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Binay-Alvarez: LP is afraid of own Ghost and cries over UNA becoming the Minority Group

welcome By: Elena Grace Flores
The Liberal Party can only know the outcome of their own doings. They were furious over former Vice President Jejomar Binay and Pantaleon Alvarez’s recent meet thinking that they are in alliance in forming the minority group – to gain much power in the 17th congress – just like in the 16th when LP had the advantage in both the majority and minority groups.

The Inquirer wrote: LIBERAL Party (LP) member and Albay Rep. Edcel Lagman has accused incoming Speaker Pantaleon Alvarez and former Vice President Jejomar Binay of hatching a “sinister plot” to control the minority bloc in the 17th Congress. According to Lagman, Alvarez and Binay met with Quezon Rep. Danilo Suarez, who was being groomed to lead the minority bloc. “Alvarez told Binay that he was ‘comfortable’ with Suarez as minority leader and assured [him of] Suarez’s victory,” Lagman said in a statement. Both Binay and Suarez are members of the United Nationalist Alliance (UNA). Alvarez confirmed meeting with Binay and Suarez, but denied Lagman’s claims about UNA’s plan to frustrate the bid of LP member and Quezon City Rep. Feliciano Belmonte Jr.’s to take the minority plum. “Yes, I talked to [the former] VP but I never said any of the things [Lagman] was claiming,” Alvarez said. “It’s really hard to believe people who talk about what went on in a meeting where they weren’t even present,” he added. Alvarez said he had given the LP until Monday morning, before the 17th Congress opens, to decide whether to join the majority bloc or take the minority post. Under House rules, whoever gets the second highest number of votes in the speakership race automatically bags the minority post.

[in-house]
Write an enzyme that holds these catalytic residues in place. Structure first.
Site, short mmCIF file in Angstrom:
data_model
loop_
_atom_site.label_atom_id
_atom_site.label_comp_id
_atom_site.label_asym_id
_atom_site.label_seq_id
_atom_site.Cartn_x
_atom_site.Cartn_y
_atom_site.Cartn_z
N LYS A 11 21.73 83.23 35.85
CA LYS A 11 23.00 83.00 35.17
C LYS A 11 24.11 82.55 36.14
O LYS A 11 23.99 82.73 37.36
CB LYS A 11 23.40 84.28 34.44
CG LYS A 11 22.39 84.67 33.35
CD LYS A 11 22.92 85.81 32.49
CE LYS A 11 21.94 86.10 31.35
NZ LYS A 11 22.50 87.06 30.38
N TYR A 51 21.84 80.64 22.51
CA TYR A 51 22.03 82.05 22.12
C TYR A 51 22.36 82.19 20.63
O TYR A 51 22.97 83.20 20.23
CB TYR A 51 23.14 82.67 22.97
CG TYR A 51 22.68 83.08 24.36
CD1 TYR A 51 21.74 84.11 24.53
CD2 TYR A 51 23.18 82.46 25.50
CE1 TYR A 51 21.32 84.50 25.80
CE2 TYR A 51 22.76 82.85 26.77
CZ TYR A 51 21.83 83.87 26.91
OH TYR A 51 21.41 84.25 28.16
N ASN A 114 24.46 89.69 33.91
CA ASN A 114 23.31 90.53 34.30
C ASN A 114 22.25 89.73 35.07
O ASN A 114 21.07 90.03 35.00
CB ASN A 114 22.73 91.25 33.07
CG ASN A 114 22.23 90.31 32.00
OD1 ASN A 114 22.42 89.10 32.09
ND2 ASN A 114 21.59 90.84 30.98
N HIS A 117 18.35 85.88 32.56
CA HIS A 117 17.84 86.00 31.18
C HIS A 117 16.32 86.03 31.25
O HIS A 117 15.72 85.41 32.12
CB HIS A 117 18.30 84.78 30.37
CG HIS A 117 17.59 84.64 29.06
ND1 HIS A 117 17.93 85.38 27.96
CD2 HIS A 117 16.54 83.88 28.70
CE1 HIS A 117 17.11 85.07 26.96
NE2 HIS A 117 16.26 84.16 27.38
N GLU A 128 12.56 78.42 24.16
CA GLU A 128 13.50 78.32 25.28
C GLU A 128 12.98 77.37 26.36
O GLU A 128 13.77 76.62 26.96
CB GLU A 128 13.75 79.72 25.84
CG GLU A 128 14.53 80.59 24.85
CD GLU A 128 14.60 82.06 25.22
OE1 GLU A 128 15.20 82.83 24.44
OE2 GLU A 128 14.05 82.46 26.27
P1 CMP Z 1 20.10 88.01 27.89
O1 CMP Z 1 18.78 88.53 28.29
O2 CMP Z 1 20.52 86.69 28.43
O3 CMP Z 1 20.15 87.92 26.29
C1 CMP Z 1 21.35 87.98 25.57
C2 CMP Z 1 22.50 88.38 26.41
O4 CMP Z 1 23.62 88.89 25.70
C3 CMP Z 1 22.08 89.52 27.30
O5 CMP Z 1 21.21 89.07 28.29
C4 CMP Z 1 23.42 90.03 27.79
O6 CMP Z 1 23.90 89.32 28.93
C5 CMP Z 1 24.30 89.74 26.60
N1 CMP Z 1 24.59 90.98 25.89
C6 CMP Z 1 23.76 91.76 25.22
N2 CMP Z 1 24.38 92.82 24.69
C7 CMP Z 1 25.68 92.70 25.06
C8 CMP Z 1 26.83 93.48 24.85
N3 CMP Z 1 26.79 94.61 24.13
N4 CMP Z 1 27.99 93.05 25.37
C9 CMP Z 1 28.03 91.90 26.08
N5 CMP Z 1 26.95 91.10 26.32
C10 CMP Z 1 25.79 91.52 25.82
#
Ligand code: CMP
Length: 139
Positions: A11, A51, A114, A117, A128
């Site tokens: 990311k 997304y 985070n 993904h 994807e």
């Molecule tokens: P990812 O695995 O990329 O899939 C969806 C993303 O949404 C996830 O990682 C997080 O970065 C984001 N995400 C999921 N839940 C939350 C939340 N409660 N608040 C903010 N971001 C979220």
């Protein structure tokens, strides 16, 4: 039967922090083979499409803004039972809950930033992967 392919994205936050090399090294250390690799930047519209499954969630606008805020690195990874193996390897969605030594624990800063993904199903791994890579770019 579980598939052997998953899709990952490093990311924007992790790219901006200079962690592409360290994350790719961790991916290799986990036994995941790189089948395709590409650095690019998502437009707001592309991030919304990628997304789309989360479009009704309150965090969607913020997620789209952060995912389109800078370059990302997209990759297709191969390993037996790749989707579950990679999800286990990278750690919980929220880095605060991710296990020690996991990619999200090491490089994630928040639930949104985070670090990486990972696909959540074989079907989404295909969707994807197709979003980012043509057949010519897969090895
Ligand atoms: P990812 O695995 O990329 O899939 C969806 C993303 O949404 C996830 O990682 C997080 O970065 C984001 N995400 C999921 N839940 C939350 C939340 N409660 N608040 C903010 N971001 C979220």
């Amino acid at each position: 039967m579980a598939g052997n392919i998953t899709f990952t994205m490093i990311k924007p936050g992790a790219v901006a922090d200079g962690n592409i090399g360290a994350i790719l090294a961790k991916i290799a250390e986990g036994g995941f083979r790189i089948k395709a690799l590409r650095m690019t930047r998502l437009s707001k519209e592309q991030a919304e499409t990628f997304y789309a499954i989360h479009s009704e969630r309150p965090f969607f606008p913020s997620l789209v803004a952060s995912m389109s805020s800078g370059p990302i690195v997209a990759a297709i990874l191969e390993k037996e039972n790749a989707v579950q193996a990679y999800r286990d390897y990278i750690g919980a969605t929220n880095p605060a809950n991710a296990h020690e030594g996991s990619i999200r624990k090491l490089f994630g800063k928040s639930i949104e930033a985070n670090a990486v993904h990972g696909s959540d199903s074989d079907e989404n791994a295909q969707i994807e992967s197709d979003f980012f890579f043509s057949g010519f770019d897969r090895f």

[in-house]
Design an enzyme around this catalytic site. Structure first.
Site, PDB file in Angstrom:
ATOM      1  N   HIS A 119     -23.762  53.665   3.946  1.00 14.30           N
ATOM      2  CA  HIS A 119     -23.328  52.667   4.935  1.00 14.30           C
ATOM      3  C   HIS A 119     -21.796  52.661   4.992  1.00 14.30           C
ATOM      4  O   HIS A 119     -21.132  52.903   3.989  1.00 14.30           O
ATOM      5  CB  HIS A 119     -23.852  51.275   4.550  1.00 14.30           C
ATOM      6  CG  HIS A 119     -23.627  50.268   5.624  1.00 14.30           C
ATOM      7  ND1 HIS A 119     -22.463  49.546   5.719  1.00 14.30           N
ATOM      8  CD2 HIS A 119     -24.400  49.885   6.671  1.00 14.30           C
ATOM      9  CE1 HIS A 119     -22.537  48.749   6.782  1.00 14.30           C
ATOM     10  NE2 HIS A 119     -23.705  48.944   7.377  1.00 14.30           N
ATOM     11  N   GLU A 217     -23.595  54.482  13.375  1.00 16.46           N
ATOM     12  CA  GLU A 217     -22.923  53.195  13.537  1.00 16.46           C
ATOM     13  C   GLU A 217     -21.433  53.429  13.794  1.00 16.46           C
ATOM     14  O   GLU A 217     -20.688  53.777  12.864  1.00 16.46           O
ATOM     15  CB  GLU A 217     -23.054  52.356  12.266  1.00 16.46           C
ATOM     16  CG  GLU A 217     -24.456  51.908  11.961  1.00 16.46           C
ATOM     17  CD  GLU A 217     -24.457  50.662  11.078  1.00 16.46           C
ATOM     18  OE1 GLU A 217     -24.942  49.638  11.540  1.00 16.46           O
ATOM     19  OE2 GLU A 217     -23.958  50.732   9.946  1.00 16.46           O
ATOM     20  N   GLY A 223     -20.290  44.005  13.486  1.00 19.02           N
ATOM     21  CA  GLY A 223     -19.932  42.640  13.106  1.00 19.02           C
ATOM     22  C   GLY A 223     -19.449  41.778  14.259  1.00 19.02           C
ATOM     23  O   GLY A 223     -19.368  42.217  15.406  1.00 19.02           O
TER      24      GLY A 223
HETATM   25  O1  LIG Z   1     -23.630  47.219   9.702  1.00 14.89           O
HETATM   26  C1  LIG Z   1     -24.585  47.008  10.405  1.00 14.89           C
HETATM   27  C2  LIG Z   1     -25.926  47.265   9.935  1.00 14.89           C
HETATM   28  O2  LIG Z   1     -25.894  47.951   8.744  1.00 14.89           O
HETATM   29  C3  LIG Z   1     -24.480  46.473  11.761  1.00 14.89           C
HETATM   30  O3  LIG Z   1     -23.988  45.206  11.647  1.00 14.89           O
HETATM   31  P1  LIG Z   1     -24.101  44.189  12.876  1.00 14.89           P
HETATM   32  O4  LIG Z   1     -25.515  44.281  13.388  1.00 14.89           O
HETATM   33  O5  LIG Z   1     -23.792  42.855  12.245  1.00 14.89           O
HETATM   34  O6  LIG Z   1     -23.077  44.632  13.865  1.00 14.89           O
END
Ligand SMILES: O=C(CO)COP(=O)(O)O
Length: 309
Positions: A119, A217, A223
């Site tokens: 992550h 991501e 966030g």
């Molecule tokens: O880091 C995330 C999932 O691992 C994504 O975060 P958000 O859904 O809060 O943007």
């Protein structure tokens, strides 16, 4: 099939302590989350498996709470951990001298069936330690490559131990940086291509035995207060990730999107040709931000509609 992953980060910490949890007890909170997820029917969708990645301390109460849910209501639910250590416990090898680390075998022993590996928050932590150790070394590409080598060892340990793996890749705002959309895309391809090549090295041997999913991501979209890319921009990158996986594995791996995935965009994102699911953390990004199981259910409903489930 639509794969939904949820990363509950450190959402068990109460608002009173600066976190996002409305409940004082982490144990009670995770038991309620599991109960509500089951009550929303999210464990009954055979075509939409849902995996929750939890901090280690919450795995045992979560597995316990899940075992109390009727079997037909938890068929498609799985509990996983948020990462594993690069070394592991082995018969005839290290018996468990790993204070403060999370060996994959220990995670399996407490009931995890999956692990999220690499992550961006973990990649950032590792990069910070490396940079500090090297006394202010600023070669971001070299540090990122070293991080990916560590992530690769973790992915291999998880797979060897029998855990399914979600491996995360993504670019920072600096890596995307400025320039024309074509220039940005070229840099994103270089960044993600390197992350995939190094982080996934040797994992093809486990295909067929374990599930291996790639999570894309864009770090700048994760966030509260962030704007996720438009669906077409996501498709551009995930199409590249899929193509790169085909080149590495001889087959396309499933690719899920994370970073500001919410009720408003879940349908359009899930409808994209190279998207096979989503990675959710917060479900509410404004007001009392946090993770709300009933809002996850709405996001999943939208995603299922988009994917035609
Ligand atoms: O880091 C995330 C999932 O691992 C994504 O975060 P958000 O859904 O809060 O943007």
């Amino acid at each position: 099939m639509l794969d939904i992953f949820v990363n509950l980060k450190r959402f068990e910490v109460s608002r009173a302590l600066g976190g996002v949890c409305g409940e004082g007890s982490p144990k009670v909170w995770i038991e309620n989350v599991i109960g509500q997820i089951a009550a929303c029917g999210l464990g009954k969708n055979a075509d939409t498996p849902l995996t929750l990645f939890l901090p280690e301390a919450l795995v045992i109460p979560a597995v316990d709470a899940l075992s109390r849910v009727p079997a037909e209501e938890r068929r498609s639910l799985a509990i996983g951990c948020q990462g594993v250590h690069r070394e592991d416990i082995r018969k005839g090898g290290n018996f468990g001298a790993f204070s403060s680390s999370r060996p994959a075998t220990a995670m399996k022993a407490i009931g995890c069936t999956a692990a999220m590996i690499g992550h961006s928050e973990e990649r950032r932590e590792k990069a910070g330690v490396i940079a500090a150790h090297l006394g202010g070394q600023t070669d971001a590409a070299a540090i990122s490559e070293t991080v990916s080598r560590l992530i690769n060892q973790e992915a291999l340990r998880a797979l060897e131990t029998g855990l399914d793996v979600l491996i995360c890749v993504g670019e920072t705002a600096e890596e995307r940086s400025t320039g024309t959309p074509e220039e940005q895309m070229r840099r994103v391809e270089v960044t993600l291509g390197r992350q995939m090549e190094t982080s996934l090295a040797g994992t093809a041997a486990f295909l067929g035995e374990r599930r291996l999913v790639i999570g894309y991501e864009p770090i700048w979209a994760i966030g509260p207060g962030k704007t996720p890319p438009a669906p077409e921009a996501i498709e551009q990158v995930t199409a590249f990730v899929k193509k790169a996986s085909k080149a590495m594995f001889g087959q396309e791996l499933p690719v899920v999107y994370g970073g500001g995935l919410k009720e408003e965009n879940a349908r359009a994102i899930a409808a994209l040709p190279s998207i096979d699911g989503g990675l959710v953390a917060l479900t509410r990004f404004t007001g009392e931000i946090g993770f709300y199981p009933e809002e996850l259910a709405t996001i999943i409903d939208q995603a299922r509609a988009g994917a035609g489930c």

Lagman said he was puzzled as to why Suarez was “cocksure” of winning the minority post with only “three remaining UNA representatives, including himself.” “The supermajority’s choosing [of] the minority leader is a retrogression to unscrupulous partisan politics and a subversion of authentic change,” Lagman said.

It added: The Albay representative also appealed to President Duterte to “scuttle this unholy alliance between his political leaders and Suarez because it defies his exhortation for genuine change.” Alvarez countered that Lagman should just wait for the voting results before making any accusation, adding that members of the LP “must be afraid of their own ghosts.” He was referring to how the LP controlled both the majority and minority posts in the 16th Congress. UNA president and Navotas Rep. Tobias Tiangco, meanwhile, clarified that UNA has four, not three, members as Lagman claims. Aside from himself, Suarez, Louis Campos and Monsour del Rosario are the UNA members. Tiangco said UNA also had five allies from party-list groups: Lito Atienza, Delphine Lee, Orestes Salon, Anna Marie Villaraza and Harry Roque. Suarez said he also expected some “disgruntled LP members” to dump Belmonte and vote for him for the speakership. Or it could be the other way around, said Ilocos Norte Rep. Rodolfo Fariñas. “As it happened in the last Congress, some of those in the majority might be tempted to join the fray for minority leader to make [the race] more interesting,” Fariñas said, referring to San Juan Rep. Ronaldo Zamora’s victory over former Leyte Rep. Martin Romualdez, who was president of Lakas. Zamora’s party, the Nacionalista Party, was a member of the LP-led majority coalition in the 16th Congress. LP’s numbers have dropped from 116 to 30, with most members flocking to PDP-Laban, while PDP-Laban’s roster has grown from three to 100, Alvarez said. PDP-Laban’s majority coalition with the Nationalist People’s Coalition, Lakas-NUCD, the NP, the National Unity Party, and the party-list bloc was in excess of 200 members, he added.


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